Mushrooms are an excellent food for weight loss. They are low in calories, contain nearly zero fat, and are generally rich in protein and minerals. They provide minerals and trace elements such as potassium, copper, vitamins such as riboflavin, niacin, and folates. Mushrooms are widely used in Chinese medicine. (Cheung, 2010) There is a wide variation in nutritional properties in mushrooms.
Shiitake has the highest macronutrients, sugars, tocopherols, polyunsaturated fatty acids (PUFA), and saturated fats.
White and brown mushrooms have similar macronutrient compositions. Oyster and king oyster mushrooms contained the highest monounsaturated fatty acids (MUFA) and similar other nutrients. Chemical compositions vary between cultivated and wild samples. (Reis et al., 2012)
Variations in the quantity of dietary fiber from species to species of mushrooms exist. A 100-gram serving of mushrooms provides anything from 9 to 40 percent of dietary fiber’s daily recommendation. (Manzi et al., 2001)
The most common cultivated mushroom is the white button mushroom – Agaricus bisporus.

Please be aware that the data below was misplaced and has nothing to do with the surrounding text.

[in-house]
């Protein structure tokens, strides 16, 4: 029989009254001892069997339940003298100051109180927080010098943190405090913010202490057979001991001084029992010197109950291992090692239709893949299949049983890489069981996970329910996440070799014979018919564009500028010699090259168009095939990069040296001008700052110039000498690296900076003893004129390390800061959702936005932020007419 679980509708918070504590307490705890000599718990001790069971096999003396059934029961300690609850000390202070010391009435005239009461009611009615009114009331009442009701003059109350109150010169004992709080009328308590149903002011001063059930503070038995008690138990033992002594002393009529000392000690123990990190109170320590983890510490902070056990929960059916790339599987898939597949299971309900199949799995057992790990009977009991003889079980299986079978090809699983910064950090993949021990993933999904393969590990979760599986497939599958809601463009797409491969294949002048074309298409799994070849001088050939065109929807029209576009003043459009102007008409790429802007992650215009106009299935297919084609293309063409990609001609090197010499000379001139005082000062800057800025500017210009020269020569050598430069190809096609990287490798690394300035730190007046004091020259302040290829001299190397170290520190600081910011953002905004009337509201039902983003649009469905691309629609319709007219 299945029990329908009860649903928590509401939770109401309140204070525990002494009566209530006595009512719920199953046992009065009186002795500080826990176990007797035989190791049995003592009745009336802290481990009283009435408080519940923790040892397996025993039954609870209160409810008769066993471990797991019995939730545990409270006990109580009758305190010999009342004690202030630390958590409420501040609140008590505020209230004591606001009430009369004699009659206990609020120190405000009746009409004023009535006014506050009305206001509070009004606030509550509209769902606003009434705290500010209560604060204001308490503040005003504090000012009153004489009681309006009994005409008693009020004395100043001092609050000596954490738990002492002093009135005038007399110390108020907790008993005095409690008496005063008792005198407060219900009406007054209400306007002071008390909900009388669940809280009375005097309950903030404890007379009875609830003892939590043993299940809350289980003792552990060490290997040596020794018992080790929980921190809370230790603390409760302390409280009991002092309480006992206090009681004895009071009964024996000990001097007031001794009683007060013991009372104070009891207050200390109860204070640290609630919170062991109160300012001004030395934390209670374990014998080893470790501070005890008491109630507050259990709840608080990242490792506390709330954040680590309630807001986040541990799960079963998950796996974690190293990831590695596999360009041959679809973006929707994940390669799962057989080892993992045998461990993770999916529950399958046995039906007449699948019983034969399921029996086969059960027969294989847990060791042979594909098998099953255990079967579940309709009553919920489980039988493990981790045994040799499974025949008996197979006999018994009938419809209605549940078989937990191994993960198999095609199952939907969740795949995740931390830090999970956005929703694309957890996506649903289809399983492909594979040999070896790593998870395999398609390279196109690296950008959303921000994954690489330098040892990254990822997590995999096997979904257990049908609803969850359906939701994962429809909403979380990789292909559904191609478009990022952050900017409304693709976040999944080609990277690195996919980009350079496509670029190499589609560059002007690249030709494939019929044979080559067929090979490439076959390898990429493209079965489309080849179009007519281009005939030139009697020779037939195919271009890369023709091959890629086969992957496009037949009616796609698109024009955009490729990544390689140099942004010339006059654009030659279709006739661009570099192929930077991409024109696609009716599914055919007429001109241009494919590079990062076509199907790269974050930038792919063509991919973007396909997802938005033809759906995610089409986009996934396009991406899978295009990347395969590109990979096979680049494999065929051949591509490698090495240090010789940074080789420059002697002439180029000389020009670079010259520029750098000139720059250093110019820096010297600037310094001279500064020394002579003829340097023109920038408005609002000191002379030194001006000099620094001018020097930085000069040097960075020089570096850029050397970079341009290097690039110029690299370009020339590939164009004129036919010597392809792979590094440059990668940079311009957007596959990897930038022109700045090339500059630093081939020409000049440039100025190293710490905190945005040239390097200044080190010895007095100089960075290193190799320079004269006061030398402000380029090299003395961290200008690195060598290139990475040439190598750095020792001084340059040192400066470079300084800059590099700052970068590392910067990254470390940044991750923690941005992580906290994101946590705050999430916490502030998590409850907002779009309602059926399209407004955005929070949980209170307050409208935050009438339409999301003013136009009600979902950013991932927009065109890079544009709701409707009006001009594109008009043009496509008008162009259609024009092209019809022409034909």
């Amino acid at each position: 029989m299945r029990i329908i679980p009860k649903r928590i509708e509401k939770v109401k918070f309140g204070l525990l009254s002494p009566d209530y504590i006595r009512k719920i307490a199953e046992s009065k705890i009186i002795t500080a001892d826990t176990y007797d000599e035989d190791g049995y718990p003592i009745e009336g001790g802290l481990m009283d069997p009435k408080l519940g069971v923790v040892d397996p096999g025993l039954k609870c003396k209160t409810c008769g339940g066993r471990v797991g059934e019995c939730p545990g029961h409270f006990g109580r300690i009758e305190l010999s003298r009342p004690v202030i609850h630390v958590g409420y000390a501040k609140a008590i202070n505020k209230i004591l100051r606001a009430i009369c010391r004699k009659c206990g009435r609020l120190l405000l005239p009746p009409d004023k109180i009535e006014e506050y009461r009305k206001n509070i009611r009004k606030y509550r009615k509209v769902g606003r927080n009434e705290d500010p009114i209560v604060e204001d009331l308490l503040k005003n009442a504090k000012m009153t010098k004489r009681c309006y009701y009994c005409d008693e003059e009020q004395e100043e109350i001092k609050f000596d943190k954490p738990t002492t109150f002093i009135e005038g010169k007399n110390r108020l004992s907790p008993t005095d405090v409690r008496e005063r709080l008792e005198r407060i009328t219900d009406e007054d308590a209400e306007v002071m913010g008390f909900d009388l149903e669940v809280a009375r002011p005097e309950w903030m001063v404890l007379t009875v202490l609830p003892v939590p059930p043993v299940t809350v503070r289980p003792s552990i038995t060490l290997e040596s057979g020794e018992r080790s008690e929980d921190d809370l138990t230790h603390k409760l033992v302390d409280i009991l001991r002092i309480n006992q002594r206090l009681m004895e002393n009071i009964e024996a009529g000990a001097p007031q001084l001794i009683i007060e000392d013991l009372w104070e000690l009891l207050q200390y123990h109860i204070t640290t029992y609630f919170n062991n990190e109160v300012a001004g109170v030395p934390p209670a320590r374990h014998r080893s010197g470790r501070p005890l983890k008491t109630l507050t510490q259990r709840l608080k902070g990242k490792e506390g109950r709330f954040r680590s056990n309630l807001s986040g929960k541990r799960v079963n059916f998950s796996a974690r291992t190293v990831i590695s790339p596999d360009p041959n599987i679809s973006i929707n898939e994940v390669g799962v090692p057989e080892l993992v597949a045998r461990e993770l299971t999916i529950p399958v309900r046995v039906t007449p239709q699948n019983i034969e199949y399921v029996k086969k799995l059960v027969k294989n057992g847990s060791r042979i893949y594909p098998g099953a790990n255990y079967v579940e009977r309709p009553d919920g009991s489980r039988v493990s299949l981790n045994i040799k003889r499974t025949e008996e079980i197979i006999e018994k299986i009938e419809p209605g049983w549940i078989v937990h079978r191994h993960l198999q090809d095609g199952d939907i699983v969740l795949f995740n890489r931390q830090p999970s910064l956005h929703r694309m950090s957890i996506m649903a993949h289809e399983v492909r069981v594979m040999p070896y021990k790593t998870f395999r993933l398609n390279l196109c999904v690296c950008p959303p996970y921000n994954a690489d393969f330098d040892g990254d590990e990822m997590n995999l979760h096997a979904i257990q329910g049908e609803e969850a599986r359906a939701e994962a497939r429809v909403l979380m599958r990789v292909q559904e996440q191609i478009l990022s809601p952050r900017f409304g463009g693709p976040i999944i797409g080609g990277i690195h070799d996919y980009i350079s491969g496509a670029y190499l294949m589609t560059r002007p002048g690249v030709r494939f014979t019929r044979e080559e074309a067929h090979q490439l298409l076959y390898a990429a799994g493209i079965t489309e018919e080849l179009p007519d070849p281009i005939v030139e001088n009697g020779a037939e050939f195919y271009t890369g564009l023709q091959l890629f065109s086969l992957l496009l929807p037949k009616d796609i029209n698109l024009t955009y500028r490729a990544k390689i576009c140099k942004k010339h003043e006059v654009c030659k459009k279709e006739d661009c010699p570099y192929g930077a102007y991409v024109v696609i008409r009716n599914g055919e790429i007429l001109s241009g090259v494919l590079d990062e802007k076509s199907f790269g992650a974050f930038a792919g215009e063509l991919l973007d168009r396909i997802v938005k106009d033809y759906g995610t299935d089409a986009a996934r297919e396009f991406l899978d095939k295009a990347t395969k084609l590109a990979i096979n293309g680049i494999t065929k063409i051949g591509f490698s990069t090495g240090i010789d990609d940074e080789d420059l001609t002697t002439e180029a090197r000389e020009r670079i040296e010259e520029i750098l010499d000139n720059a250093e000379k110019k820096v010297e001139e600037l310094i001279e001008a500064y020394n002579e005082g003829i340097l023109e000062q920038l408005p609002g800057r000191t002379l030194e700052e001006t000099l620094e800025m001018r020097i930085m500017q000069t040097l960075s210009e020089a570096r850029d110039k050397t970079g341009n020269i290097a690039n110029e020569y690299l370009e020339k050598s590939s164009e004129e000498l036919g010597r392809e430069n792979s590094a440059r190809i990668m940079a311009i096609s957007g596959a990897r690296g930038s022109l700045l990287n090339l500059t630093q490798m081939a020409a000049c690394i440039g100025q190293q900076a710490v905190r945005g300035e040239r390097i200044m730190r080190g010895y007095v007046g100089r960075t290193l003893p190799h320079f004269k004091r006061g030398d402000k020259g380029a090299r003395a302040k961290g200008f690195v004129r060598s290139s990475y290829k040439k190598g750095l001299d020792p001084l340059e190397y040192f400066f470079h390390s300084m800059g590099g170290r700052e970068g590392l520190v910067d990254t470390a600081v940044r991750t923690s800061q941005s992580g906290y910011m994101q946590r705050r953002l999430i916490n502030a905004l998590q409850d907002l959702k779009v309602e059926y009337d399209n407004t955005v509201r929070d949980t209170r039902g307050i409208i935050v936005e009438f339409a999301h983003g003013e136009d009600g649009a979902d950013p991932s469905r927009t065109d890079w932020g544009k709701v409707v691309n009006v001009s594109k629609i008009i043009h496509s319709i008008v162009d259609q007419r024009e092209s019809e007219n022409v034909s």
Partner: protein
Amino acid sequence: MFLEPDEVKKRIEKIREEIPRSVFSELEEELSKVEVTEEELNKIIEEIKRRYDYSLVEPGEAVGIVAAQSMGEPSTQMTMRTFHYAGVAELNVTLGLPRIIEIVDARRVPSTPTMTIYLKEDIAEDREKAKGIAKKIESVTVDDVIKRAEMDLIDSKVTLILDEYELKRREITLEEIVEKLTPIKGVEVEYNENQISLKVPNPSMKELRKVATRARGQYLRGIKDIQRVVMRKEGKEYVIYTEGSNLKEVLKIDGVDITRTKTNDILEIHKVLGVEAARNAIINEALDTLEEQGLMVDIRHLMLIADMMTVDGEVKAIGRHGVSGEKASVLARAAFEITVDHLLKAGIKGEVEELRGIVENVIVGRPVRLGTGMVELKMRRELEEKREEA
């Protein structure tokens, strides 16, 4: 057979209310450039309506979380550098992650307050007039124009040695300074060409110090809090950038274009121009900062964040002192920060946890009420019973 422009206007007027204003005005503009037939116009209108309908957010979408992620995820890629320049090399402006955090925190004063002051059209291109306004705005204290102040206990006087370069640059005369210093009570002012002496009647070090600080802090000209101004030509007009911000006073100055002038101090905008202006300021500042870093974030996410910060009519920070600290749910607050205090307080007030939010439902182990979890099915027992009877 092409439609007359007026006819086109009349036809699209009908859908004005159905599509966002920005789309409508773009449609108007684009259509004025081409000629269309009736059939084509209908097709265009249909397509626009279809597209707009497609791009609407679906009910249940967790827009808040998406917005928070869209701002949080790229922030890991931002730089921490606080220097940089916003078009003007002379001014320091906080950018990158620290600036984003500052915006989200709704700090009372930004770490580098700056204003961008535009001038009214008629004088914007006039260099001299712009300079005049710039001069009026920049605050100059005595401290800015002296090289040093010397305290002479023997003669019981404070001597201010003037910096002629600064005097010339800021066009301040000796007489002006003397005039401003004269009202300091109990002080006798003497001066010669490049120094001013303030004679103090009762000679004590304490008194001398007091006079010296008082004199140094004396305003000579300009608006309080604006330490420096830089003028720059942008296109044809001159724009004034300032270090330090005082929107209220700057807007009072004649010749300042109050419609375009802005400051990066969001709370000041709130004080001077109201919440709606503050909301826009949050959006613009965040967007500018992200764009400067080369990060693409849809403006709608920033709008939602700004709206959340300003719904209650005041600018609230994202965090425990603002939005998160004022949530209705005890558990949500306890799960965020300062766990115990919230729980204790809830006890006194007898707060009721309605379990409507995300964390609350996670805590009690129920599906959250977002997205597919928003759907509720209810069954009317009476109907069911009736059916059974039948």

White or brown mushrooms (Agaricus bisporus), Lentinus edodes (shiitake), and Pleurotus ostreatus (oyster mushrooms) are the first, second, and third most cultivated mushrooms.
White mushrooms are of lesser nutritional and medicinal value than other mushrooms grown mainly in Asia. Variations in the bioactive properties of each of the three mushrooms have been noted and recorded. (Beelman et al., 2003)
Wild mushrooms can easily absorb poisonous substances from a substrate exposed to pollutants or mining sites where harmful elements have leached into the soil. It is best to consume mushrooms cultivated in controlled conditions grown under necessary phytosanitary conditions.